Republican Lieutenant Governors have also been active in supporting laws to restrict voting around the country. In Texas, for example, Lieutenant Governor Dan Patrick formally named “election integrity” as a priority for the 2021 legislative session. When American Airlines issued a statement opposing SB 7, which would restrict voting by banning drop boxes, prohibiting drive-thru voting locations, and other measures, Patrick released a rambling response blasting the company. “Texans are fed up with corporations that don’t share our values trying to dictate public policy,” Patrick said, “By the way, this is the same American Airlines that in 2017 led the fight to try to force us to allow boys to play girls sports in Texas and take away their scholarships.”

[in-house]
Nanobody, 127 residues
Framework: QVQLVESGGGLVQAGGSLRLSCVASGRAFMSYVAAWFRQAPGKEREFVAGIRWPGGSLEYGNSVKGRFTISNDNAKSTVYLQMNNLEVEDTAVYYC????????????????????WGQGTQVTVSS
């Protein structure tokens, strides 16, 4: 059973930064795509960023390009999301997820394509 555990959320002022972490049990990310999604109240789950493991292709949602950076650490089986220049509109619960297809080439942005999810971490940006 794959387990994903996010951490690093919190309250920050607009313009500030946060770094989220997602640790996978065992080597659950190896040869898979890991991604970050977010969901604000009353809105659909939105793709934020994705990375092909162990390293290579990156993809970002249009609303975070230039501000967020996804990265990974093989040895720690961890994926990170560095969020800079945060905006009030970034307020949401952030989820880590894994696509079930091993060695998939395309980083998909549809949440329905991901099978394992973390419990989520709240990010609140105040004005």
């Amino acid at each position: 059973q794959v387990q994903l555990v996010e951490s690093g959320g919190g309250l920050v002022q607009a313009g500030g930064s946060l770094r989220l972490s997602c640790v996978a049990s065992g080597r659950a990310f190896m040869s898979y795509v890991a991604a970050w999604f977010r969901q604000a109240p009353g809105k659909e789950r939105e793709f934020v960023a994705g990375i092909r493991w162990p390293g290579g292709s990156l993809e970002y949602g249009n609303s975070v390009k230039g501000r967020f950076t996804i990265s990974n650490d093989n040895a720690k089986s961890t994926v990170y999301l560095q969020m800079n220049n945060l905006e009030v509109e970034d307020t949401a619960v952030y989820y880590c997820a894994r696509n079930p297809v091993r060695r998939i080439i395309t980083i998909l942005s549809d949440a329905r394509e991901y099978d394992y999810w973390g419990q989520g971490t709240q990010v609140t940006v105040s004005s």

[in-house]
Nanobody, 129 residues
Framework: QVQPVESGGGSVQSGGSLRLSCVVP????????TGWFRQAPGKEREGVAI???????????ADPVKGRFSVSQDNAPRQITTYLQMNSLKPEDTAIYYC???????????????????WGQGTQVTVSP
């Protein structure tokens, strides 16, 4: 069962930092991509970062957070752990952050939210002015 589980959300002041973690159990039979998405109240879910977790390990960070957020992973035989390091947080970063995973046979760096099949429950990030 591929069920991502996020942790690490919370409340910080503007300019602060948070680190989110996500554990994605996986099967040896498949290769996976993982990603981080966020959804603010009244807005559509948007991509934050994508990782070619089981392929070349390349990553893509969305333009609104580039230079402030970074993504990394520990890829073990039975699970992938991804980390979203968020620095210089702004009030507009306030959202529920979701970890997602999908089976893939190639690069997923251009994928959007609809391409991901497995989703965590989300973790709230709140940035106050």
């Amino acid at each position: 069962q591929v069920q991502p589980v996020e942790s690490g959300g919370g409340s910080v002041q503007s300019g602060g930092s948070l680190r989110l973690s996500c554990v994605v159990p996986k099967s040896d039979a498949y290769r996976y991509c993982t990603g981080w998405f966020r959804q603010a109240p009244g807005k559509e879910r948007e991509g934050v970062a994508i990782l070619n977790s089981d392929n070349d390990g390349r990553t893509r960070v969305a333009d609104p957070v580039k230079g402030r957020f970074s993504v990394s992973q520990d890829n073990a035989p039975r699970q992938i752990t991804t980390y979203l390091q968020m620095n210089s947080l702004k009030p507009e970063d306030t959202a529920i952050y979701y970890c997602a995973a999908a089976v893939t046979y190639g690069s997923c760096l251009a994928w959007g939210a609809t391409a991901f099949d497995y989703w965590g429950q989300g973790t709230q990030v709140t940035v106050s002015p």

Virginia Delegate Glenn Davis, the frontrunner to be the Republican nominee for Lieutenant Governor, opposed legislation to make voting in the state easier — including allowing no-excuse early voting and establishing drop boxes for collecting ballots — saying it would lead to “voter fraud.”

Facebook also suggested its pledge suspending political donations for 90 days only applied to the Facebook PAC and not to direct corporate contributions, which is how it sent $50,000 to the RSLC. But Facebook did not explain why, if it believed as an organization that political contributions should be suspended for 90 days, political contributions from its corporate funds were any different than political contributions from its PAC.

Facebook, however, isn’t the only company publicly championing voting rights while discreetly funding the RSLC.